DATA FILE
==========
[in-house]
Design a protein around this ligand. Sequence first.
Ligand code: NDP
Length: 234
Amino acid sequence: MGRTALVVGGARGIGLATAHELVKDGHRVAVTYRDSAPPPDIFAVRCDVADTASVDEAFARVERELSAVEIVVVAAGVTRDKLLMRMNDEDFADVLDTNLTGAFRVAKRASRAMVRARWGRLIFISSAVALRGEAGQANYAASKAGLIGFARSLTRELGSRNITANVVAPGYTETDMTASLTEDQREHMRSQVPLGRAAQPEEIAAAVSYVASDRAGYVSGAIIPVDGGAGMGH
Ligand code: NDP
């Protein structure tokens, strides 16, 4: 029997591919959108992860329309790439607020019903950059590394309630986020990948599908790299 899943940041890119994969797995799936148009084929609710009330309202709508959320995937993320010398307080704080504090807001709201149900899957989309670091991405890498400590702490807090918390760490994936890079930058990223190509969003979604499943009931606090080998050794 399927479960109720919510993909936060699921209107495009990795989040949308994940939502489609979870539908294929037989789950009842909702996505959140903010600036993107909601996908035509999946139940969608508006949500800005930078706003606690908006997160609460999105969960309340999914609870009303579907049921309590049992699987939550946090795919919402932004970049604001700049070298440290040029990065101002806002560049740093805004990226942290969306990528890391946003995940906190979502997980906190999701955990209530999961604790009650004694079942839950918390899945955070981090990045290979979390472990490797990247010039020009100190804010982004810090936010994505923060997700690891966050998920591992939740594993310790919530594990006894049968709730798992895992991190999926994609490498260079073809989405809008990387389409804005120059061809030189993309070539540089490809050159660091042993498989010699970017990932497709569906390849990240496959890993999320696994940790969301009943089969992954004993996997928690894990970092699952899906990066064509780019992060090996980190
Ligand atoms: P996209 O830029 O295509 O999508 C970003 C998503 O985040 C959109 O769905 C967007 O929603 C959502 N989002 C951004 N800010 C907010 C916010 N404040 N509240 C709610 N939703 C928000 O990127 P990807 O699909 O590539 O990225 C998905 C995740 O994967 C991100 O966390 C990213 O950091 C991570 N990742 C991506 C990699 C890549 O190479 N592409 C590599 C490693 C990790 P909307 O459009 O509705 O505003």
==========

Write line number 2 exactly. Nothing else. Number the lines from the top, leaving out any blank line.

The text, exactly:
Design a protein around this ligand. Sequence first.